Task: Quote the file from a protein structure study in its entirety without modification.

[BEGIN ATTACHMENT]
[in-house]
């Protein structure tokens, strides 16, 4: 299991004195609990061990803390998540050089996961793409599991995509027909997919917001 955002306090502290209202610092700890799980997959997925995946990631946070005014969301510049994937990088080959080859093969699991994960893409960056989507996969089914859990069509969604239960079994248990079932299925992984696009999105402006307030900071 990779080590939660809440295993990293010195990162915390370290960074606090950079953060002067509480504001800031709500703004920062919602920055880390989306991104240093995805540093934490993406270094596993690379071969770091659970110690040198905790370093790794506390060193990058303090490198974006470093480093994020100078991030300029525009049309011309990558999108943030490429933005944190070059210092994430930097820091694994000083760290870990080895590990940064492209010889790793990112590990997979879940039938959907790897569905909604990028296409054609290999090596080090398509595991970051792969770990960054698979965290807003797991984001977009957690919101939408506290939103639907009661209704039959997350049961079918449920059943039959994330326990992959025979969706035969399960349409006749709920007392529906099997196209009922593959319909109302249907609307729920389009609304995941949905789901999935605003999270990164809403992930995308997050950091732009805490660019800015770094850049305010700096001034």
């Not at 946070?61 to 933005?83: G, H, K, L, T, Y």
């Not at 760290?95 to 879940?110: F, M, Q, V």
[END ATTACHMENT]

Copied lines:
[in-house]
């Protein structure tokens, strides 16, 4: 299991004195609990061990803390998540050089996961793409599991995509027909997919917001 955002306090502290209202610092700890799980997959997925995946990631946070005014969301510049994937990088080959080859093969699991994960893409960056989507996969089914859990069509969604239960079994248990079932299925992984696009999105402006307030900071 990779080590939660809440295993990293010195990162915390370290960074606090950079953060002067509480504001800031709500703004920062919602920055880390989306991104240093995805540093934490993406270094596993690379071969770091659970110690040198905790370093790794506390060193990058303090490198974006470093480093994020100078991030300029525009049309011309990558999108943030490429933005944190070059210092994430930097820091694994000083760290870990080895590990940064492209010889790793990112590990997979879940039938959907790897569905909604990028296409054609290999090596080090398509595991970051792969770990960054698979965290807003797991984001977009957690919101939408506290939103639907009661209704039959997350049961079918449920059943039959994330326990992959025979969706035969399960349409006749709920007392529906099997196209009922593959319909109302249907609307729920389009609304995941949905789901999935605003999270990164809403992930995308997050950091732009805490660019800015770094850049305010700096001034």
């Not at 946070?61 to 933005?83: G, H, K, L, T, Y």
């Not at 760290?95 to 879940?110: F, M, Q, V």